Alittle more than three and a half miles — and 1,700 vertical feet — into a hike from Lake McDonald Lodge, the trail to Gunsight Pass hooked sharply left. For a few hundred feet, the trees thinned out into a strand of burnt trunks, offering the first glimpse of Sperry Chalet, perched high in the cirque at the end of the valley.
That view from the trail wasn’t possible three years ago.
“When I was a kid, you could just see more trees from down on the trail,” said Michael Warrington, the onsite manager for Sperry this summer. “I remember my mom telling me that she remembered seeing buildings from the halfway point of the trail when she was 12. Now I can see it, but it’ll be another 20-year growth cycle before the trees block it off again.”
The Sprague Creek valley is full of similar fire scars, swaths of blackened trunks often next to copses of still-green conifers that survived the blaze that tore through the valley in 2017. The wounds left by the flames are easily visible from the deck of the chalet, but otherwise, with the hotel reopened, the fire seems a distant memory.
No fewer than two dozen people were en route to the chalet the same weekday morning. Near the top of the trail, the biweekly pack string of mules was heading down, laden with laundry and canisters of garbage, having delivered groceries, linens and propane.
Along the cliffs, several parties of hikers sat on the rocks, eating lunch and taking in the view. On a clear day, Lake McDonald shimmers at the base of the valley, surrounded by mountains.
At the dormitory building, overnight guests were preparing for a day of hiking in the park, loading up premade sandwiches from the kitchen. It looked like any other day at Sperry over the decades.
“The biggest changes between the 80s and now is there’s a new bathroom building, and we don’t do our own laundry up here,” Warrington said. “Functionally we still do the same thing.”
Every day, the chalet’s team of nine staff cooks breakfast, lunch and dinner for onsite guests and provides a comfortable place to sleep in the backcountry of the park. Warrington said that his brother Kevin, the concessionaire who operates the chalet, hoped that this summer, the first for Sperry after a two-year, $12 million rebuild, would be a normal one.
“I don’t think there is such a thing,” Warrington said. “We had an avalanche take off the back deck of the hotel one year and cram rooms full of snow. We’ve had fire evacuations and smoke that made it difficult to operate. We’ve had droughts and rationed water from the reservoir, and now COVID.”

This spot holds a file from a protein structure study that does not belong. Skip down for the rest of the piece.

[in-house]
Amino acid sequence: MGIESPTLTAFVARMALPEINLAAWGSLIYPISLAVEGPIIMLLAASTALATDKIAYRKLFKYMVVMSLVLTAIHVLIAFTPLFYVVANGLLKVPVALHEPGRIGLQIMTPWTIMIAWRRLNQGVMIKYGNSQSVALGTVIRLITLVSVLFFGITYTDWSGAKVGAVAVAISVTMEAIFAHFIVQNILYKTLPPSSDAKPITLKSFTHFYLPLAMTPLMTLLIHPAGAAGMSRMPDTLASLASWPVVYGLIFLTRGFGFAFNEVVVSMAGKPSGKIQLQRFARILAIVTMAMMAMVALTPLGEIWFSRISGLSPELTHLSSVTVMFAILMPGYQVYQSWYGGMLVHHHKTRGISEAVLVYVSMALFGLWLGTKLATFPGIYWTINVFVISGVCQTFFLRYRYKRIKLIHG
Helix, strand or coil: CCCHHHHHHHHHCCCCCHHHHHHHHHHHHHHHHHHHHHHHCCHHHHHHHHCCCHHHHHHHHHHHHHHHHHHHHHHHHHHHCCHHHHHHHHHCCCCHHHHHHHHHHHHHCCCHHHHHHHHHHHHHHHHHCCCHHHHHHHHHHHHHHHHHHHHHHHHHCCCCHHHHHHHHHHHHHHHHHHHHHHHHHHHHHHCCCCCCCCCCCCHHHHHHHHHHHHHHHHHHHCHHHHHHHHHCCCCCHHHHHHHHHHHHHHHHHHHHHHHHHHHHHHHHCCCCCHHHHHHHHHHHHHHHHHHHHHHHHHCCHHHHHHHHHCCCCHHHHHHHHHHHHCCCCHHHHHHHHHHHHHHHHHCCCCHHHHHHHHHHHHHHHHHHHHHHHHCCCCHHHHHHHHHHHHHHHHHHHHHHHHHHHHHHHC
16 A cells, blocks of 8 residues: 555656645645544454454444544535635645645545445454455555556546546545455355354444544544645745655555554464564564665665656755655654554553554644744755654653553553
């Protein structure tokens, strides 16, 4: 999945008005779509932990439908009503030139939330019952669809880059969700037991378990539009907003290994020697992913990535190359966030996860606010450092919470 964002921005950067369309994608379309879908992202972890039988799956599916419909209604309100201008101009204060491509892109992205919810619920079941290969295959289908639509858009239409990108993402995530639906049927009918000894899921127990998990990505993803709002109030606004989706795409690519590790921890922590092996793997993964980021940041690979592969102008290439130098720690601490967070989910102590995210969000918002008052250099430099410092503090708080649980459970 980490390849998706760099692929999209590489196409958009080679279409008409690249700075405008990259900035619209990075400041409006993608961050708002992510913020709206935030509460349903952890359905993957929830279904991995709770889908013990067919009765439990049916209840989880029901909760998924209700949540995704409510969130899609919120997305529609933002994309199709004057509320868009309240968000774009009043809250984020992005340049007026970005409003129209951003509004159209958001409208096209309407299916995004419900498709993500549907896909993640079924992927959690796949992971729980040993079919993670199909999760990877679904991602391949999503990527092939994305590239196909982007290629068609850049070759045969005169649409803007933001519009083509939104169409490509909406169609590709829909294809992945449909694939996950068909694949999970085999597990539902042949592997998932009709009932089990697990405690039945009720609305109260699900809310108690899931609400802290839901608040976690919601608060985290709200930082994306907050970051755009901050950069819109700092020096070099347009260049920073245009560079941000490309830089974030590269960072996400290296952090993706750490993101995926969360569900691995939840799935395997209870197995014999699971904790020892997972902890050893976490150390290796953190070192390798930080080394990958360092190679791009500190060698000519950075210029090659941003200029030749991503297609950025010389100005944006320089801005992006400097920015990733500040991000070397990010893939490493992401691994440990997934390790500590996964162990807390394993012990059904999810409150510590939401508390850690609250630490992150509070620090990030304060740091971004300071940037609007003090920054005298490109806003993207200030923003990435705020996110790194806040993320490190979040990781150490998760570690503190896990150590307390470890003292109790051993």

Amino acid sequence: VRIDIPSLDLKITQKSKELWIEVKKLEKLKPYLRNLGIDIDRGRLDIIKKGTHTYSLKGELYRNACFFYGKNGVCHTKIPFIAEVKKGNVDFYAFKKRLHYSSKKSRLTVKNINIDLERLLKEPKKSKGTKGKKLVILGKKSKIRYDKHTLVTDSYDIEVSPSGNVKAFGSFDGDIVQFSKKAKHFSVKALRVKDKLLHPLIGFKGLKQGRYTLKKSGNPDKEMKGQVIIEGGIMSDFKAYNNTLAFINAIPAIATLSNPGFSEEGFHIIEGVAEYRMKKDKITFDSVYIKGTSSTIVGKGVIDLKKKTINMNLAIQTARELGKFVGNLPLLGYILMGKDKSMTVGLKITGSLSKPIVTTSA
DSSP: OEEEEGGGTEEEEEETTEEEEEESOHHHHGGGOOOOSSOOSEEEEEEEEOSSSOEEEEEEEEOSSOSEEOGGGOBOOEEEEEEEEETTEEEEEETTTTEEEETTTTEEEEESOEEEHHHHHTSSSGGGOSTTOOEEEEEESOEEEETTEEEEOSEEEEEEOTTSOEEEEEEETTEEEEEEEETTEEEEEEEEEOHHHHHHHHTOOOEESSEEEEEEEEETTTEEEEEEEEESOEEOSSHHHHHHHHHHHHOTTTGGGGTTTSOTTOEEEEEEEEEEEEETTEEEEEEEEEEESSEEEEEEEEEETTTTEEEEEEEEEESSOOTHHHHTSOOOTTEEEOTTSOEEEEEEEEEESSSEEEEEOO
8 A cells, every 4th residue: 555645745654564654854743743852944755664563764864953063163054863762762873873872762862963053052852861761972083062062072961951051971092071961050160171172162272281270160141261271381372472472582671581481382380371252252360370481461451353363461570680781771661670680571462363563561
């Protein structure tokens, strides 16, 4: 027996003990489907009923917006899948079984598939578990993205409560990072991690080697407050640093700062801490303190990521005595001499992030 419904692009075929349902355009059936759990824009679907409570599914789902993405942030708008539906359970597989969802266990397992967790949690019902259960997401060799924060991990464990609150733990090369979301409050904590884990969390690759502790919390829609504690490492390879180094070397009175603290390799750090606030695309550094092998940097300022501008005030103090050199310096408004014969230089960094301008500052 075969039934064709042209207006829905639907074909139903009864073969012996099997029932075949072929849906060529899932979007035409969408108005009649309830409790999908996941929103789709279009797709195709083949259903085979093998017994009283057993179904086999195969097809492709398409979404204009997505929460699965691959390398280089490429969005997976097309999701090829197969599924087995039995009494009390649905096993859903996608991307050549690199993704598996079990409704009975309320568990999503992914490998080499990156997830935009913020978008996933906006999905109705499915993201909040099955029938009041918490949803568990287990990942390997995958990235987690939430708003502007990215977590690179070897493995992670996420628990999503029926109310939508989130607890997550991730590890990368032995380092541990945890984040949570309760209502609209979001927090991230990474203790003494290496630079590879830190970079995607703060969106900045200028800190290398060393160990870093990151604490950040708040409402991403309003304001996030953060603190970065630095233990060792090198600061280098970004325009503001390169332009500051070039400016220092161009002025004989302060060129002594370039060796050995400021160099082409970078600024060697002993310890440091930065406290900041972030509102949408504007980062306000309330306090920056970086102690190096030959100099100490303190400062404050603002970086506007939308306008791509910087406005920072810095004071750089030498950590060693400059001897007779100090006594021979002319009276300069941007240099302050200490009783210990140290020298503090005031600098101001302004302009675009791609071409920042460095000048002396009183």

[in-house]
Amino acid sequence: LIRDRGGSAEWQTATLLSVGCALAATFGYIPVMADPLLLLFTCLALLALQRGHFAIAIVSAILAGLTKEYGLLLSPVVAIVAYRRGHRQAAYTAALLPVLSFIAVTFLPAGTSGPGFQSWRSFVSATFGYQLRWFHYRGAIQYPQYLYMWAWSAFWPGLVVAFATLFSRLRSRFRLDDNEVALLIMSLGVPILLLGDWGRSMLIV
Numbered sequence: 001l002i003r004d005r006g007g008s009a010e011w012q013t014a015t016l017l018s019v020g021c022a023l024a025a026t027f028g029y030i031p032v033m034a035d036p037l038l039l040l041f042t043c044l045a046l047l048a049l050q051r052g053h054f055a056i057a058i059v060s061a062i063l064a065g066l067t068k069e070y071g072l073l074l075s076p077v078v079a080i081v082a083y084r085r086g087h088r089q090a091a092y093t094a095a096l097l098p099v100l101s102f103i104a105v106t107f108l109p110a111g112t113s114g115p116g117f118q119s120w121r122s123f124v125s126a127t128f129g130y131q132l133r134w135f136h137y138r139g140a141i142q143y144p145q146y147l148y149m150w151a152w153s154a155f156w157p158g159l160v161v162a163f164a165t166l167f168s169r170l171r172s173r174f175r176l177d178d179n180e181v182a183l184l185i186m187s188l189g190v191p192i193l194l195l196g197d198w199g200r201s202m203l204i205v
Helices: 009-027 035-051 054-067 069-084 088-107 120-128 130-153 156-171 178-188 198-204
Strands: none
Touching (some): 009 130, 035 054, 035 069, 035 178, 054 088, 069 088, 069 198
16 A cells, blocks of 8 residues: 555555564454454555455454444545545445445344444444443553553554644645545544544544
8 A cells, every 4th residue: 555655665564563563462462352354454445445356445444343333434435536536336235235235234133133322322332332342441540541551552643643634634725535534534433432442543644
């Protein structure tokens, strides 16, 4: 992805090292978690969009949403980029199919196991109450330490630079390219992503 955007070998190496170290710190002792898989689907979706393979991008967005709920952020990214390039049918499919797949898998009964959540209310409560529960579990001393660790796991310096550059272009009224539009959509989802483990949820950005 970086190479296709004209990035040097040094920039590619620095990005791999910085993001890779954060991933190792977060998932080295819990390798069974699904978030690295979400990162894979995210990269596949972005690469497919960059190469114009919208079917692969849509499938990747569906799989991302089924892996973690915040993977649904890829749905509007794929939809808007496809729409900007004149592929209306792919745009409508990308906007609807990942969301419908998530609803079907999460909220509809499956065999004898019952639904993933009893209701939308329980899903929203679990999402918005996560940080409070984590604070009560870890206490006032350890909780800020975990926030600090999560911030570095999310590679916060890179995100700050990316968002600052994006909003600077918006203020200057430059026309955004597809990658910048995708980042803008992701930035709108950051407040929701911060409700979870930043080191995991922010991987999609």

“I think normal is: We come up here, we serve three meals a day and put people up overnight,” he continued. “But the circumstances we do it in, is always a surprise.”
The COVID-19 pandemic this summer put a damper on what would have been a season-long celebration of the chalet’s reopening. Day hikers aren’t allowed to enter any buildings onsite, and instead of the normal lunch service, there is just a window where visitors can buy snacks.
When the first guests, Grace and Landon Gardner of Missoula, arrived on July 18, they did so without fanfare. Forty guests joined them for the first night in the revived chalet.
“We were just happy to be back in business,” Warrington said. “Everyone who has come up seems to be pretty happy as well.”
The rebuilt structure is virtually indistinguishable from the original. The masons who did the walls and interior work on the dormitory did so with such craftsmanship and detail that Warrington doubts anyone can tell it isn’t the original.
Anyone but him, that is.
“I’ve got this dissonance in my head every time I go in there,” he said. “It feels really familiar but it’s brand new — it’s got this new car feel to it. That’s a little odd to me.”
On Aug. 10, 2017, an evening lightning strike started a small wildfire, and fire managers conducting initial ground and aerial surveys of the blaze considered it manageable. Because of the fire location, the main access to Sperry Chalet from Lake McDonald Lodge was cut off. The decision was made to evacuate the chalet as a precaution. Guests trekked out 13.5 miles over Lincoln and Gunsight passes. The last group of hikers to leave had arrived barely 24 hours earlier.
Two weeks later, the Sprague fire had burned 2,095 acres and was inching closer to Sperry. On Aug. 31, a crew of four firefighters and one maintenance employee was stationed at Sperry to cover fire activity.
According to an independent review of the incident, fire activity increased in the early afternoon, fueled by winds gusting up to 30 miles per hour. At 3:30 p.m., a firefighter noticed smoke coming from the corner of the dining hall roof. Using a Pulaski, two firefighters pulled a “rat’s nest size pile” of burning debris that was lodged under the eaves and managed to extinguish it.
For hours, the firefighters battled “hundreds” of spot fires around the chalet buildings, until fire activity finally slowed during the evening.
At 6 p.m., however, a firefighter noticed smoke issuing from a second floor window of the hotel dormitory.
One crew member sprayed the building with water while two others tried to enter to see if they could fight the fire from inside but were turned back by thick smoke that limited visibility to mere feet.
According to the incident report, “the fire grew rapidly with flames reaching the underside of the dormer and extending to the roof shingles within minutes. Over the next hour, the fire continued to grow in size and intensity, consuming the majority of combustible materials in the building’s south half.”
That evening, Michael Warrington and Jeff Kuhn, a geologist who leads workshops for chalet guests, were hiking back from Ahern Pass along the Highline Trail when they noticed the wind picking up.